Researchers Develop New Method To Help Find Deadly Malaria Parasite's Achilles Heel

Published: Nov 02, 2005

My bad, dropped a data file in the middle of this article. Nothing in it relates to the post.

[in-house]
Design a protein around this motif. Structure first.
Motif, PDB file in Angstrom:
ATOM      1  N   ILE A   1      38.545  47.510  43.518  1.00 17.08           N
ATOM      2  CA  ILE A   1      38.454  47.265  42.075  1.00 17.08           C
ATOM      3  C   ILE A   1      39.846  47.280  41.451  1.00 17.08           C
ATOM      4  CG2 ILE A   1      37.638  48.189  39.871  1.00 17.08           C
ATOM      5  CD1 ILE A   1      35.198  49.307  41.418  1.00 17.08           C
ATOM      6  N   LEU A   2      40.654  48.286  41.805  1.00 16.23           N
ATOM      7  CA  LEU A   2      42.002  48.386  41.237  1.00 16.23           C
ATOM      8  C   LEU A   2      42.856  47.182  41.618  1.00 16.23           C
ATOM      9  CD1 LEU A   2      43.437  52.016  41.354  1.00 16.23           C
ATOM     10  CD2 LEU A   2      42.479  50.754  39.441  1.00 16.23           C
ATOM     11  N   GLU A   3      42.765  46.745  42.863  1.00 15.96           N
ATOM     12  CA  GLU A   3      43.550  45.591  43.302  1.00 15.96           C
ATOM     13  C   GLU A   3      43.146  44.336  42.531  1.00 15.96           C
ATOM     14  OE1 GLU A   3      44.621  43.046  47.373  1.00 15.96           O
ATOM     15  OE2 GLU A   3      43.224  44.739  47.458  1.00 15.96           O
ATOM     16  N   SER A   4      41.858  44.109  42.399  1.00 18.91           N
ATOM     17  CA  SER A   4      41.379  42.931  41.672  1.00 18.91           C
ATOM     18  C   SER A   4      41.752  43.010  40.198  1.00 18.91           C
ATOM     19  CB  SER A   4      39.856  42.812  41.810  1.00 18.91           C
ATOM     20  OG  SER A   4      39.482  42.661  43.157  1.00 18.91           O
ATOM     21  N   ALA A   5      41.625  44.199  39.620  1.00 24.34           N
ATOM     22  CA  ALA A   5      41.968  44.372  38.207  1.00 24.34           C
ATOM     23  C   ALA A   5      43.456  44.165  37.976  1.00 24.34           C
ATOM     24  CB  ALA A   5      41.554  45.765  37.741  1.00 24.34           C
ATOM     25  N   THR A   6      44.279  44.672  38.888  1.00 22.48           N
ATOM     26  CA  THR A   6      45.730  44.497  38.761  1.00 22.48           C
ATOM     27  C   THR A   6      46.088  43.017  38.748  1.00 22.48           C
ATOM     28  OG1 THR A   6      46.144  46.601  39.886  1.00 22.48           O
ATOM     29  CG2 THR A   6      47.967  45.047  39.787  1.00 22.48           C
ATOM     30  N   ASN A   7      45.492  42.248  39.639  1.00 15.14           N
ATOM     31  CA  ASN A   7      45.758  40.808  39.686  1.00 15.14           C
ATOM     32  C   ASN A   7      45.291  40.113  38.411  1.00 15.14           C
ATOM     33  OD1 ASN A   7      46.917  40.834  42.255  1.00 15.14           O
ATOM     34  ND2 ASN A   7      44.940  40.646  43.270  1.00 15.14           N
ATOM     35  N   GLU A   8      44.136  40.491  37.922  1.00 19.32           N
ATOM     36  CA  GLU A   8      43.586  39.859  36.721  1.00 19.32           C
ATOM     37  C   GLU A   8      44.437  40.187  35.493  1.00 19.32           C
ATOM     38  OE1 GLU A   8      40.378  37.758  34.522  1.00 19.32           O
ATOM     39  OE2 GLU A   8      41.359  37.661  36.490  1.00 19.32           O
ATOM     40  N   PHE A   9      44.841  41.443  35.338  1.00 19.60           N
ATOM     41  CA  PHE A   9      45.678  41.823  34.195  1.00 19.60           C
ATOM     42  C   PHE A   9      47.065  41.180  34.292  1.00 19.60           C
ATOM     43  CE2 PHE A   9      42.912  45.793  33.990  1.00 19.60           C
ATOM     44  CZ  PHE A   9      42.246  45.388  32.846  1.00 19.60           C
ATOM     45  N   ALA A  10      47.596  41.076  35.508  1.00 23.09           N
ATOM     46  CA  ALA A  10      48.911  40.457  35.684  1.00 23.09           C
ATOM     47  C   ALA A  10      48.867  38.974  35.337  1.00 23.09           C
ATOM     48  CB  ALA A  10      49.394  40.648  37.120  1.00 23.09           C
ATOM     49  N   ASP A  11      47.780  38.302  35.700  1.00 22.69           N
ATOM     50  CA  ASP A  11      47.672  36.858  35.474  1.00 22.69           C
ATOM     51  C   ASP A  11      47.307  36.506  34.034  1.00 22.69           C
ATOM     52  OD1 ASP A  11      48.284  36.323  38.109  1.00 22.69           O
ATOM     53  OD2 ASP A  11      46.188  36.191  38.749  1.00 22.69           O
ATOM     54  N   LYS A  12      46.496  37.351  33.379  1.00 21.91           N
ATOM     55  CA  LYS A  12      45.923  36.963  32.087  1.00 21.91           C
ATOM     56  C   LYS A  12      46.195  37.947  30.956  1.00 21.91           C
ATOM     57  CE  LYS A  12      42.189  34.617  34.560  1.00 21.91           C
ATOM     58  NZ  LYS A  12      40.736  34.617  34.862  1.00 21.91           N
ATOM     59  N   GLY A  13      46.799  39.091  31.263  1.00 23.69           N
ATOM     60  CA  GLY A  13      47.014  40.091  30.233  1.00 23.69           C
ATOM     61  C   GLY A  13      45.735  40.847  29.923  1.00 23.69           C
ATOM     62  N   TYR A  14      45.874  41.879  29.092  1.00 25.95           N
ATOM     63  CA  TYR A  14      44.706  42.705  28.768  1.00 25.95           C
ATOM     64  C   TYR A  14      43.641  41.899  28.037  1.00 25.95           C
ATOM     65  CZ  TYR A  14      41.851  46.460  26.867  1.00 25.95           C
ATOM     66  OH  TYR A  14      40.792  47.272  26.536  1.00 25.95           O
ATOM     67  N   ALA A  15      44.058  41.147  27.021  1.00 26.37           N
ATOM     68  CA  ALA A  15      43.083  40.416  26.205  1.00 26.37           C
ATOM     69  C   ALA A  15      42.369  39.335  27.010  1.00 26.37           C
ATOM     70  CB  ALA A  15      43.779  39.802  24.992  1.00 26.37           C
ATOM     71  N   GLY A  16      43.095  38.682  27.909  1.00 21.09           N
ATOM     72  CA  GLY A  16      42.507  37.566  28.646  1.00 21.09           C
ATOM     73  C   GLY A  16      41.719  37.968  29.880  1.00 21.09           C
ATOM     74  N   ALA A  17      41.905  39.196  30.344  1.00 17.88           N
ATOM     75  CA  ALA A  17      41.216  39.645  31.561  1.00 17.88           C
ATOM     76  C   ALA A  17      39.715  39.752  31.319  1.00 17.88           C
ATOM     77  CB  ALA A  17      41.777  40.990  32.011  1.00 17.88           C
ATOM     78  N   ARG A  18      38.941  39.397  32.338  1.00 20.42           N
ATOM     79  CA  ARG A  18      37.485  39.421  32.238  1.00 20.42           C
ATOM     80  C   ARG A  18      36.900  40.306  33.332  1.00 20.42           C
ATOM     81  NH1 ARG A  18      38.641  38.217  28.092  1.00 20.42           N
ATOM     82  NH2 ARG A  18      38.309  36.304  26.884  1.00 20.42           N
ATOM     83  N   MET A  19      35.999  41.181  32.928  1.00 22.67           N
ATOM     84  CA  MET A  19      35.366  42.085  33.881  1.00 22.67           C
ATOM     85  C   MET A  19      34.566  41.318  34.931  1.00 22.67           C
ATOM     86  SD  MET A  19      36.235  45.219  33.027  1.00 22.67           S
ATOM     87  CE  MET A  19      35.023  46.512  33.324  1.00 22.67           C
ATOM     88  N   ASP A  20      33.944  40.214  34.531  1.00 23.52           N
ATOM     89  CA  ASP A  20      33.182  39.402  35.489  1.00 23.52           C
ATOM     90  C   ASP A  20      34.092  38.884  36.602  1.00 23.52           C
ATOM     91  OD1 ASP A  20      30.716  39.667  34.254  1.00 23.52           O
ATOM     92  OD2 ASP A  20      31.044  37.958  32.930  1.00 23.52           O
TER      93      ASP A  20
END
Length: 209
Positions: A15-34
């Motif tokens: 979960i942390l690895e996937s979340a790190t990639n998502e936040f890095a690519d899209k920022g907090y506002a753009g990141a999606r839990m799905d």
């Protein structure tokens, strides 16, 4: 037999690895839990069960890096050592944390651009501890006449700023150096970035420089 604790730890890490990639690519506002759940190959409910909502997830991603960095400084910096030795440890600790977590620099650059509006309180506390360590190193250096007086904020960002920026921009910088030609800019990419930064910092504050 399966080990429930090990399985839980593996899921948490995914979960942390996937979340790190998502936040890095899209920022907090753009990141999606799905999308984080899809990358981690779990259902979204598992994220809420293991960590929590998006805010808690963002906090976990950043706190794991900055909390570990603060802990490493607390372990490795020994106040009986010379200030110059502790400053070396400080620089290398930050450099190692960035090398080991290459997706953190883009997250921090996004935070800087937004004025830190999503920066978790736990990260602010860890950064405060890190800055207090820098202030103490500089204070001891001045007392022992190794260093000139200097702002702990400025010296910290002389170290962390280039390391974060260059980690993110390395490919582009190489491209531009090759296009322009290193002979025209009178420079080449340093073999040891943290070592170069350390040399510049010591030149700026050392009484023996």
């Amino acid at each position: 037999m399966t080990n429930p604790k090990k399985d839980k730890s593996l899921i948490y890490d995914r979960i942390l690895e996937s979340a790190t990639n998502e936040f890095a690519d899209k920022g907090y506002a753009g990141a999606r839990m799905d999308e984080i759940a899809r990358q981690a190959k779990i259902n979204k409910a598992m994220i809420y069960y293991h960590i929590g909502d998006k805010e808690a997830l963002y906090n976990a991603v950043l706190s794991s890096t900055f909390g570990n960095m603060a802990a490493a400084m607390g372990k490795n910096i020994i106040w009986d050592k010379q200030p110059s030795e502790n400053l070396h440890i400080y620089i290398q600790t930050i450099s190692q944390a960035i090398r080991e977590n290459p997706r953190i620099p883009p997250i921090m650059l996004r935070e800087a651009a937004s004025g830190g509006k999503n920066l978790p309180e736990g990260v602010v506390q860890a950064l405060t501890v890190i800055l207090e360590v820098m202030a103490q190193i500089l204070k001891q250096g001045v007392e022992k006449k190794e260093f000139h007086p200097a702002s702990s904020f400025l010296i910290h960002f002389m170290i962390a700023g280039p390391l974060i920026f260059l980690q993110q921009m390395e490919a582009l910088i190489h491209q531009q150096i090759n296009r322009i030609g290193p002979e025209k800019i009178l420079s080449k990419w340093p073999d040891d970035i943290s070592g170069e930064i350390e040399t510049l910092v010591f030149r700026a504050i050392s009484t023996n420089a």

The most deadly malaria parasite has protein 'wiring' that differs markedly from the cellular circuitry of other higher organisms, a finding which could lead to the development of antimalarial drugs that exploit that difference Researchers at UCSD have discovered that the single-cell parasite responsible for an estimated 1 million deaths per year worldwide from malaria has protein "wiring" that differs markedly from the cellular circuitry of other higher organisms, a finding which could lead to the development of antimalarial drugs that exploit that difference. The scientists will report in the Nov. 3 issue of Nature a comparison of newly discovered protein-interactions in Plasmodium falciparum with protein interactions reported earlier in four other well studied model organisms -- yeast, a nematode worm, the fruit fly, and a bacterium that causes digestive-tract ulcers in humans. The authors of the study, Trey Ideker, a professor of bioengineering at UCSD's Jacobs School of Engineering, and two graduate students, Silpa Suthram and Taylor Sittler, said the malaria parasite's protein interactions "set it apart from other species."

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